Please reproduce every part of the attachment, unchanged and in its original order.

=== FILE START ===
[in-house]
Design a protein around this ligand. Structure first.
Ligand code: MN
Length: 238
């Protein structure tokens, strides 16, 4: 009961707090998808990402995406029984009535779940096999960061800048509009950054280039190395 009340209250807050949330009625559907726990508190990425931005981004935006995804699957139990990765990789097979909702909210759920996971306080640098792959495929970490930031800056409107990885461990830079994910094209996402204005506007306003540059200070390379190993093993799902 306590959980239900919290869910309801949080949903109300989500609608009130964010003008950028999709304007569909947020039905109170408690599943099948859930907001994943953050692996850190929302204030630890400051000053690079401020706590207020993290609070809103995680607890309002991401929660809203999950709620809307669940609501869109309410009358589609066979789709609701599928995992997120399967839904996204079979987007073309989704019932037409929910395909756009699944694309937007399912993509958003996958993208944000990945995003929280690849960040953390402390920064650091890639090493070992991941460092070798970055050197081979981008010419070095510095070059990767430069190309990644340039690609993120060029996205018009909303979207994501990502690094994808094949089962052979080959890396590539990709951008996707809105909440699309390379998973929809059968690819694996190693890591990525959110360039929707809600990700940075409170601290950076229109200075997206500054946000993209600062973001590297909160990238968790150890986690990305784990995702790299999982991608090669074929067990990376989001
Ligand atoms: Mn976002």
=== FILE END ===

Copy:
[in-house]
Design a protein around this ligand. Structure first.
Ligand code: MN
Length: 238
């Protein structure tokens, strides 16, 4: 009961707090998808990402995406029984009535779940096999960061800048509009950054280039190395 009340209250807050949330009625559907726990508190990425931005981004935006995804699957139990990765990789097979909702909210759920996971306080640098792959495929970490930031800056409107990885461990830079994910094209996402204005506007306003540059200070390379190993093993799902 306590959980239900919290869910309801949080949903109300989500609608009130964010003008950028999709304007569909947020039905109170408690599943099948859930907001994943953050692996850190929302204030630890400051000053690079401020706590207020993290609070809103995680607890309002991401929660809203999950709620809307669940609501869109309410009358589609066979789709609701599928995992997120399967839904996204079979987007073309989704019932037409929910395909756009699944694309937007399912993509958003996958993208944000990945995003929280690849960040953390402390920064650091890639090493070992991941460092070798970055050197081979981008010419070095510095070059990767430069190309990644340039690609993120060029996205018009909303979207994501990502690094994808094949089962052979080959890396590539990709951008996707809105909440699309390379998973929809059968690819694996190693890591990525959110360039929707809600990700940075409170601290950076229109200075997206500054946000993209600062973001590297909160990238968790150890986690990305784990995702790299999982991608090669074929067990990376989001
Ligand atoms: Mn976002």